— The Monikins • J. Fenimore Cooper

... line 9. 'The Abbey of Whitby, in the Archdeaconry of Cleaveland, on the coast of Yorkshire, was founded A. D. 657, in consequence of a vow of Oswy, King of Northumberland. It contained both monks and nuns of the Benedictine ...
— Marmion • Sir Walter Scott

... world slide,[9-1] let the world go; A fig for care, and a fig for woe! If I can't pay, why I can owe, And death makes equal the high ...
— Familiar Quotations • John Bartlett

... interesting subject matter. 3. The omission of all antiquated topics and problems. 4. The grouping of problems about a given life situation. 5. The development of accuracy and skill in essential processes. 6. The vocational studies. 7. The careful attention to method. 8. The exact grading. 9. The systematic reviews. 10. The adaptation to quick and to ...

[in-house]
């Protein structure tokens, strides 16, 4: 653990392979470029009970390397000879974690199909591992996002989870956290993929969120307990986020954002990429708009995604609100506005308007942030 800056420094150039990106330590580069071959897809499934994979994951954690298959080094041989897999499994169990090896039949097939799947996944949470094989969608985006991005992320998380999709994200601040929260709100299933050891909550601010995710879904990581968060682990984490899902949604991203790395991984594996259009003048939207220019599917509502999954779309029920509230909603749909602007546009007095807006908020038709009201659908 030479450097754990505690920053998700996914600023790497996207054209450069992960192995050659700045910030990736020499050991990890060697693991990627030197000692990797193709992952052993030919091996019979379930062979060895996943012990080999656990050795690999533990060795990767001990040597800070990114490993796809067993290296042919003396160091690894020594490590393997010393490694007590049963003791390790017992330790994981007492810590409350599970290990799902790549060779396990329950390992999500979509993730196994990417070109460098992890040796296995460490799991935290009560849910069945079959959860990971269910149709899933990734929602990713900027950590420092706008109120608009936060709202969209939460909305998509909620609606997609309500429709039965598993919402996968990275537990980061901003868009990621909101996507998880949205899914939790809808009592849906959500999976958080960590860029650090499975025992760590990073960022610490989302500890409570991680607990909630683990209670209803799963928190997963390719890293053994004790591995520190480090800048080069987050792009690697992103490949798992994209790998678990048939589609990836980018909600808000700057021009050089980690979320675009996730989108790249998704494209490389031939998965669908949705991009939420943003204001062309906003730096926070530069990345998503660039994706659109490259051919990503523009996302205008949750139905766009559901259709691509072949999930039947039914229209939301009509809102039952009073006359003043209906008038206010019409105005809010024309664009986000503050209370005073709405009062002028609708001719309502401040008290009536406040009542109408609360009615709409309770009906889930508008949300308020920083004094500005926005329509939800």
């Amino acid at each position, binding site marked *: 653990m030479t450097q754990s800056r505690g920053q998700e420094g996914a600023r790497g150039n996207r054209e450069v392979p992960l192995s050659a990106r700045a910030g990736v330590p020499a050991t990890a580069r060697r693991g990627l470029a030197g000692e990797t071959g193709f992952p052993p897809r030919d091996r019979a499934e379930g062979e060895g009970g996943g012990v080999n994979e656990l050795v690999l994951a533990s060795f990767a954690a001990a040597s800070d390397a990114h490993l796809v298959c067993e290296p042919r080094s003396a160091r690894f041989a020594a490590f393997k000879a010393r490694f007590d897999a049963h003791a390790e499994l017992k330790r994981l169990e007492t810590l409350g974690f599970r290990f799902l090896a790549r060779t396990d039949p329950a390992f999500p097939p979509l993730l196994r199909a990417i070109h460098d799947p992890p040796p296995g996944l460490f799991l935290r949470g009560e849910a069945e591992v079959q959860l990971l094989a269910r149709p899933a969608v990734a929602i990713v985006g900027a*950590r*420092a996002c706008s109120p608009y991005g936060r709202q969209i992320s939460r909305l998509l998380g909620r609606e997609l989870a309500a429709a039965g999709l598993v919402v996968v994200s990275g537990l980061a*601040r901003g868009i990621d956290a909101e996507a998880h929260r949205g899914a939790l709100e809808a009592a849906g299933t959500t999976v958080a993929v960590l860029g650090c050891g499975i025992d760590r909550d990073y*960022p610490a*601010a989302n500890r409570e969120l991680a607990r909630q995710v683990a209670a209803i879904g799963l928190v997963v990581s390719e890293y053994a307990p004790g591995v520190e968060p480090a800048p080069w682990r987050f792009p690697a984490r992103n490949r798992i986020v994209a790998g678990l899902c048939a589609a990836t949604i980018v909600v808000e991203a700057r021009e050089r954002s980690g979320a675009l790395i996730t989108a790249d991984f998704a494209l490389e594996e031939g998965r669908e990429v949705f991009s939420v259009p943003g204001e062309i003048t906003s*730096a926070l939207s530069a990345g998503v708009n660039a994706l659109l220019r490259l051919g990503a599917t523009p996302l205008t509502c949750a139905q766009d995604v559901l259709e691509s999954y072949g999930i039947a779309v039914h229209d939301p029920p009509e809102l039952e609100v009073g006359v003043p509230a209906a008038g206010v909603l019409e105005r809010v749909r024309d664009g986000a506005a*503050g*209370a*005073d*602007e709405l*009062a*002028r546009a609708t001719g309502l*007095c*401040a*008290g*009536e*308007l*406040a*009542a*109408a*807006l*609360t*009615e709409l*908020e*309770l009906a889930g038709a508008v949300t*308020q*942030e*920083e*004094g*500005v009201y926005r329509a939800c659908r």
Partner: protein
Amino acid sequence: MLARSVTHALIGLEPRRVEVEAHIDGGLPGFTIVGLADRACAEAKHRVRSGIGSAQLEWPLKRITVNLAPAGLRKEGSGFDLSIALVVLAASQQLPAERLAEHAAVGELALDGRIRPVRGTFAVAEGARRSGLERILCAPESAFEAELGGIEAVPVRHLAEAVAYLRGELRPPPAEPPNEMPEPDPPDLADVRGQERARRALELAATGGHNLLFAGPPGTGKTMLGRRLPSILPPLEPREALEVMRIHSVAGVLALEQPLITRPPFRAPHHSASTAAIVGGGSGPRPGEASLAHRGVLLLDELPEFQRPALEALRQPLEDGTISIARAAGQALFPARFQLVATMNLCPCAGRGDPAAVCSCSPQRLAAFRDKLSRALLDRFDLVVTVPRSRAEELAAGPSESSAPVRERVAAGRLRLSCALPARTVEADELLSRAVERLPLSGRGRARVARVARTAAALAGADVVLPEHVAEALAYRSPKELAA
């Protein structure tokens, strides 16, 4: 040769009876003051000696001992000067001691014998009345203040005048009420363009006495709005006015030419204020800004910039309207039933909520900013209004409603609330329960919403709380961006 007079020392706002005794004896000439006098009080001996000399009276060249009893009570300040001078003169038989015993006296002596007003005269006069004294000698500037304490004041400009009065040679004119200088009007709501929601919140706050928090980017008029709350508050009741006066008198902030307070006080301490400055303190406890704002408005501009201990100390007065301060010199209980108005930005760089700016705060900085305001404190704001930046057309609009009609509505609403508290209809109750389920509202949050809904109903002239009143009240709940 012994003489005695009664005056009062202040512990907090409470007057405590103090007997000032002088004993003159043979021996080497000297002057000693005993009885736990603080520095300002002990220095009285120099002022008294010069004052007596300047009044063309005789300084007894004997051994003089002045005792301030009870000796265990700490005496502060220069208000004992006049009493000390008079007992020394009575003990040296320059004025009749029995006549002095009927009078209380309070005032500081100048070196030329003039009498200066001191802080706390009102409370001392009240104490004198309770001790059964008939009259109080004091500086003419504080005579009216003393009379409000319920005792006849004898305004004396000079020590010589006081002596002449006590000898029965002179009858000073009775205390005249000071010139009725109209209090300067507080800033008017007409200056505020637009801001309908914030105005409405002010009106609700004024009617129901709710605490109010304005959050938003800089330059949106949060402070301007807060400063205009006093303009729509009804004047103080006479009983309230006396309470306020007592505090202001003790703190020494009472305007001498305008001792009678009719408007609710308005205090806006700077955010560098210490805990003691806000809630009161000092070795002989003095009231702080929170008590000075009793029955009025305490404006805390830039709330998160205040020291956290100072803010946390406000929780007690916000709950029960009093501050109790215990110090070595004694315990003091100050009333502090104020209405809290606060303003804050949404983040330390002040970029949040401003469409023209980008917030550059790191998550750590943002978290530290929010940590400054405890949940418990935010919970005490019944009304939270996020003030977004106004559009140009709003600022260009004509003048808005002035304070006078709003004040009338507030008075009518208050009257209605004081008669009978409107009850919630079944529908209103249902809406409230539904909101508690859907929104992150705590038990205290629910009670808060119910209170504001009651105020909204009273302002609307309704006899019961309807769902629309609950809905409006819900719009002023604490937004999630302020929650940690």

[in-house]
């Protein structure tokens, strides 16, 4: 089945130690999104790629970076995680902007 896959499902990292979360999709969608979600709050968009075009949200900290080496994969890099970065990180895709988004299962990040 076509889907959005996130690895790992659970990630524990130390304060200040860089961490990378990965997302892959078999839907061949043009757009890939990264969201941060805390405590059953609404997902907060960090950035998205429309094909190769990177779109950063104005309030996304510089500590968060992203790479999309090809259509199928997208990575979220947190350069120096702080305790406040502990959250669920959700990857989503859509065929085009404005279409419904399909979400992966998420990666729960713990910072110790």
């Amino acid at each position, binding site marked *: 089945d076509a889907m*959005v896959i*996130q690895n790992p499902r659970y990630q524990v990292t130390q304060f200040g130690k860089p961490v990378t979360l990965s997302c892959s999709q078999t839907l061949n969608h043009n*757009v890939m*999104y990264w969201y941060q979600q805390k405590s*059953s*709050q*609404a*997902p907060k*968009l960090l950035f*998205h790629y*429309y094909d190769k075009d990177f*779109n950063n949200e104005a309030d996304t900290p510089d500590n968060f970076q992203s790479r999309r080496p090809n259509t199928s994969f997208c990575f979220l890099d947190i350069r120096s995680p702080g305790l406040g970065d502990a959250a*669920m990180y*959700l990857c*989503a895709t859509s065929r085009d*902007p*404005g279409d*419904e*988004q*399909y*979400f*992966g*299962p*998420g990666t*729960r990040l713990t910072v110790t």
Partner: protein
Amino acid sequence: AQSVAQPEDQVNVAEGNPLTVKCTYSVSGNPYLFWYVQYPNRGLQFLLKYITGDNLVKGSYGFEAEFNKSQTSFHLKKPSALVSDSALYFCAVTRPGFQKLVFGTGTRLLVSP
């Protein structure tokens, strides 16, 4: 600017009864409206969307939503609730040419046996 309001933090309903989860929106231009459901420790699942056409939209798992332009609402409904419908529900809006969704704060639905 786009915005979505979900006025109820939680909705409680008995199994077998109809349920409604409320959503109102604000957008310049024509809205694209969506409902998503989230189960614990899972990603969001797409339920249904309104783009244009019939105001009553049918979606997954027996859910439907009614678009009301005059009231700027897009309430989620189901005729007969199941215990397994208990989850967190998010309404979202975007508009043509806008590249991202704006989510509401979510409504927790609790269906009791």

— Diggers in the Earth • Eva March Tappan

... 9. The works of God, above, below, Within us, and around, Are pages in that book, to show How God himself ...
— McGuffey's Fourth Eclectic Reader • William Holmes McGuffey

... and long horizontal grooves indicate the position of shelves. Square hollows of considerable size served as cupboards, and oblong rectangular recesses, 18 inches above the floor, and from 3 feet 9 inches to 4 feet 6 inches high and a foot deep were benches. Bedplaces were also ...
— Castles and Cave Dwellings of Europe • Sabine Baring-Gould

... "from a single beautiful body to two, from two to all others; from beautiful bodies to beautiful sentiments, from beautiful sentiments to beautiful thoughts, until, from thought to thought, we arrive at the highest thought, which has no other object than the perfect, absolute, Divine Beauty."[9] The "ideas," too, and especially the "Good" or "absolute Idea," have in them a teleological element, "since the Idea not only states as what, but also for what a thing exists."[10] The absolute Idea is not only the ...
— The Basis of Early Christian Theism • Lawrence Thomas Cole